Although, that’s gone and over with.
There is a solution and one that exists right here in the Cryptocurrency realm.
Substratum and Net Neutrality
Substratum ICO’d in the middle of 2017 with a mission:
“An open-source network that allows anyone to allocate their spare computing resources to make the Internet a free and fair place for the entire world.”
Now, the original intentions were to help with dictatorships and encroaching governments that would block access and Internet to its people.
China is one of the biggest bad guys in the field.
Although, with Net Neutrality being repealed allowing companies to charge more and block content they feel necessary in the United States, Substratum seems to be an answer.
By having computers across the world getting bits of the search data, although coded, it can allow someone to be on the Internet freely, similar to a VPN but without jumping through hoops and without the ability to trace the data.\
It’s a codified method for free Internet…
And that’s why Substratum and Net Neutrality go hand-in-hand as it ensures the rights that Net Neutrality helped keep.
With all of that, it seems that people are starting to take notice, as today alone the price of Substratum has gone up to $.23 after sitting around $.11 and seems to be on an uptrend (per coinmarketcap).
Will it continue?
We don’t know, but what we can say is that the mission and nature of what Substratum is trying to do is a noble one, and it is companies like this with the real world, practical application that will be the Google and Amazon of tomorrow.
The United States has decided to do away with legislation that regulates internet service providers. Known as net neutrality, the regulations ensure that ISPs cannot dictate or block customer access to data and other services. Lead by President Trump, Republicans have criticized the regulations as overreaching, while Democrats believe them necessary to ensure fair and equal access to web content.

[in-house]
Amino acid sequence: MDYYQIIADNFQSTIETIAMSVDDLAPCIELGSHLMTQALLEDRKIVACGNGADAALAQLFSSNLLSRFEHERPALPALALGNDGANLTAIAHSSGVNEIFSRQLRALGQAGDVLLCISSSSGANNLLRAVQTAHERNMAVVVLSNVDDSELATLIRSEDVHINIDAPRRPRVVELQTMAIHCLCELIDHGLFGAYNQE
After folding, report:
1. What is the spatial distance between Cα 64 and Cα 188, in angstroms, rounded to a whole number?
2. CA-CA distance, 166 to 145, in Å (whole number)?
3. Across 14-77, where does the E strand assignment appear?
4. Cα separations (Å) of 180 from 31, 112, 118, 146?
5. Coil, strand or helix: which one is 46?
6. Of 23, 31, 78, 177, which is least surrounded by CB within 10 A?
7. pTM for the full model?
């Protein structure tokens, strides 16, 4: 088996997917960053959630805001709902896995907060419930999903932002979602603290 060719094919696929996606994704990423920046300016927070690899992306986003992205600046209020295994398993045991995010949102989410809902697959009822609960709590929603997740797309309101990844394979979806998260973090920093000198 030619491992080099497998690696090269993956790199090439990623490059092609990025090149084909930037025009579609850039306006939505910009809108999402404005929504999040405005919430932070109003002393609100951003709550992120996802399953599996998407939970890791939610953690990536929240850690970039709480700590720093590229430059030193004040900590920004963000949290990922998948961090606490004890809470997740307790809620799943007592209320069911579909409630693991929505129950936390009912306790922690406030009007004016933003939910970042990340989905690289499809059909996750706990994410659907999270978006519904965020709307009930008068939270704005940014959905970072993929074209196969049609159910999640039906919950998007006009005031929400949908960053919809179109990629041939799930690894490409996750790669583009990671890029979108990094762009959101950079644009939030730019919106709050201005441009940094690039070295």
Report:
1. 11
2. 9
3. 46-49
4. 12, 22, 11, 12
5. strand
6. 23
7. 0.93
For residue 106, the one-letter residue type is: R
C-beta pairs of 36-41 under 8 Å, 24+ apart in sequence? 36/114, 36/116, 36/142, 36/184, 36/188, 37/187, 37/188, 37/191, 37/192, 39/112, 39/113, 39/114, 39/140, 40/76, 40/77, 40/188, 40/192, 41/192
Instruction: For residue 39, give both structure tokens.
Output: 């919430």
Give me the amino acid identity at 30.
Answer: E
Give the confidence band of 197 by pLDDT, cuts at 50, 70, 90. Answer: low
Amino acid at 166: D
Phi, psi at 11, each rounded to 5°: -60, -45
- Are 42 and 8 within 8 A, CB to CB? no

THE END OF AN ERA
On December 14th, the United States Federal Communications Commission voted to repeal net neutrality. In a 3-2 vote, the FCC opted to undoe the Obama-era regulations that oversee how internet service providers charge for and manage data access.
With net neutrality, ISPs cannot discriminate against certain content, applications, and platforms, nor can they charge users for quicker or exclusive access to internet services. During Obama’s presidency, the FCC voted in net neutrality by classifying internet providers as Title II common carriers. Today’s decision removes this classification, undoing the legal backing that gave net neutrality its legitimacy.
Jessica Rosenworcel, one of two Democrats on the FCC, said that the vote puts the commission “on the wrong side of history, the wrong side of the law, and the wrong side of the American public.” She believes that the repeal gives service provider a “green light to…discriminate and manipulate your internet traffic.”
SUBSTRATUM BENEFITS FROM THE NEWS
Substratum, a decentralized web platform, ran up to a new all time high today in anticipation of the vote.
With the service, users can access the internet through a network of nodes connected to Substratum’s blockchain. Access points are broken up into multiple individually run servers, making the platform completely decentralized. Anyone can choose to host one of these servers by downloading Substratum’s client, receiving SUB, Substratum’s token, in compensation for their troubles.
Substratum is appealing to investors for its ability to essentially circumvent the problems net neutrality’s repeal may invite, as the service functions like a more efficient VPN or Tor browser. The protocol encrypts all traffic and data run through the network, meaning ISPs would not be able to determine how customers are using their internet.
That comes in the form of Substratum Network, where the internet is not only free but decentralized.
You read that right:
A Decentralized Internet.
And the best part is that they have their own token, helping to incentivize a contribution to a freer internet.
After topping off at $0.49 earlier today, Substratum dipped back down to $0.40. Following the news, however, it immediately began a steady climb upwards, and given the gravity of the FCC’s decision, it’s likely that we’ll see a steady increase in the hours (or days) to come. In fact, we wouldn’t be surprised to see Substratum (SUB) break 2.00- 2.50 in 2018. For investors with strong appetite for risk, this company (with a great mission) could potentially deliver hearty returns.